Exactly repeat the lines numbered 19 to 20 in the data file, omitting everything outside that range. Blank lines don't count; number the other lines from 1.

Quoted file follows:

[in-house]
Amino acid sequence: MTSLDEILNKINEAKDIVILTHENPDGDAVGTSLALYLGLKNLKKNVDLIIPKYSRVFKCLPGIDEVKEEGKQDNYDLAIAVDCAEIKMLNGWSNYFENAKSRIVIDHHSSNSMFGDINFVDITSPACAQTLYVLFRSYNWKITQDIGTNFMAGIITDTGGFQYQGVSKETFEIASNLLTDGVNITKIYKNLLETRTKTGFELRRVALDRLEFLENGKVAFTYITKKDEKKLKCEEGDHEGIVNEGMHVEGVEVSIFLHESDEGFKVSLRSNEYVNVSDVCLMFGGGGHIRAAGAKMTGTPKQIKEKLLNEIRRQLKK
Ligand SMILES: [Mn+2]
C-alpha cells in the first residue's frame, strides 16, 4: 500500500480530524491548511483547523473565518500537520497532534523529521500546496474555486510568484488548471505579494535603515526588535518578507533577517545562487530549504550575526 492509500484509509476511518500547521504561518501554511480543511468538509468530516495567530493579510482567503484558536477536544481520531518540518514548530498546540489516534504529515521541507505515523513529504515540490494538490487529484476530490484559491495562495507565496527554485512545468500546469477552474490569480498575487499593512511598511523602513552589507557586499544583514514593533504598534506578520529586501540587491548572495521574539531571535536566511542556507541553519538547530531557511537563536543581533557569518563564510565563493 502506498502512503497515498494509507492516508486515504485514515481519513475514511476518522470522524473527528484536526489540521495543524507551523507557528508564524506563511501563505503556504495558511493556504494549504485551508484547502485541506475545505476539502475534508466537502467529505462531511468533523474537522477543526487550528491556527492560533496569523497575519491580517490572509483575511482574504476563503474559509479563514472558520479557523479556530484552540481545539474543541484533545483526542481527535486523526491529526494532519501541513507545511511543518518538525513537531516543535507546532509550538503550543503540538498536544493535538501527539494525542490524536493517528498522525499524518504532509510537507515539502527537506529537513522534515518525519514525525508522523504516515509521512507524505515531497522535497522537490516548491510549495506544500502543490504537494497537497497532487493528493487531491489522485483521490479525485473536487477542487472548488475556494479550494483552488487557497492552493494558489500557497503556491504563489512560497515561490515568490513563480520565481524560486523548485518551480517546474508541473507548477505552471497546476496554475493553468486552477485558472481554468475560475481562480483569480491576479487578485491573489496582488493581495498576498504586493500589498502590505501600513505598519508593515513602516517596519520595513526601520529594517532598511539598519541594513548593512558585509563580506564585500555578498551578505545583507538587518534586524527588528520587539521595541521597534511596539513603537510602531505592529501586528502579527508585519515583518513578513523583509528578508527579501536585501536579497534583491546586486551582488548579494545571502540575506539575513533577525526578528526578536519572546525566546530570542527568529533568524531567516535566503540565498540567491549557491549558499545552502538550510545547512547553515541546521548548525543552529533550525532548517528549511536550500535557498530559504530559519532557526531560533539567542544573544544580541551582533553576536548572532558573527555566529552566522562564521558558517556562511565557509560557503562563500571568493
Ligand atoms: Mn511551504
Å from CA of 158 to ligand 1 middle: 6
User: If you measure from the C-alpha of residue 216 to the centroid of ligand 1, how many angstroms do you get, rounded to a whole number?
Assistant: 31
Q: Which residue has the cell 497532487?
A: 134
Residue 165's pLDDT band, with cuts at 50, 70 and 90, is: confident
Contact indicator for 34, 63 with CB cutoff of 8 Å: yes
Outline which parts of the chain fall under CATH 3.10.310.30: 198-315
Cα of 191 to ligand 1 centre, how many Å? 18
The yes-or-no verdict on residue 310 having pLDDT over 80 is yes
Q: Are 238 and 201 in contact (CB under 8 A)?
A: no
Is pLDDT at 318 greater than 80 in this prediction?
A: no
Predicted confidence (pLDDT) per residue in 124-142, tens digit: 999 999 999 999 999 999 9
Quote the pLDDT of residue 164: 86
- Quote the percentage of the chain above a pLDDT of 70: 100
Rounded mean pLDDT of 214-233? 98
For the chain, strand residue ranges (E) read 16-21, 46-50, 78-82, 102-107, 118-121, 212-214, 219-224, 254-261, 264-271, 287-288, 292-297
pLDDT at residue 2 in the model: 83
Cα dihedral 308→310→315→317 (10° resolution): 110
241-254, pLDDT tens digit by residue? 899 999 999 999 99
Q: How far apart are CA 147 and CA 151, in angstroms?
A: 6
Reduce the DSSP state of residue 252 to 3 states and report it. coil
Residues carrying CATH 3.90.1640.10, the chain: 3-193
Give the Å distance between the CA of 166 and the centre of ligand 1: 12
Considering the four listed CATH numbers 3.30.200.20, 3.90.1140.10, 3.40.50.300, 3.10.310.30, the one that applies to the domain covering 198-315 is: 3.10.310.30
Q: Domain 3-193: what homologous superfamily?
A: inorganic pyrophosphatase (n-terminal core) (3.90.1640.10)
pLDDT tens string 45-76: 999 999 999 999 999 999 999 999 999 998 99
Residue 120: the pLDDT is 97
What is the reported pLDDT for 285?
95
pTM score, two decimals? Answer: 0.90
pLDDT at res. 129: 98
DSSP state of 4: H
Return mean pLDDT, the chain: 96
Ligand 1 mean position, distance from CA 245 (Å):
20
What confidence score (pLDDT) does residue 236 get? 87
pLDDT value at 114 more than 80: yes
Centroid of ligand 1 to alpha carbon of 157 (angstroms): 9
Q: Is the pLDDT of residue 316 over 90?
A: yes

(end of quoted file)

A: no
Predicted confidence (pLDDT) per residue in 124-142, tens digit: 999 999 999 999 999 999 9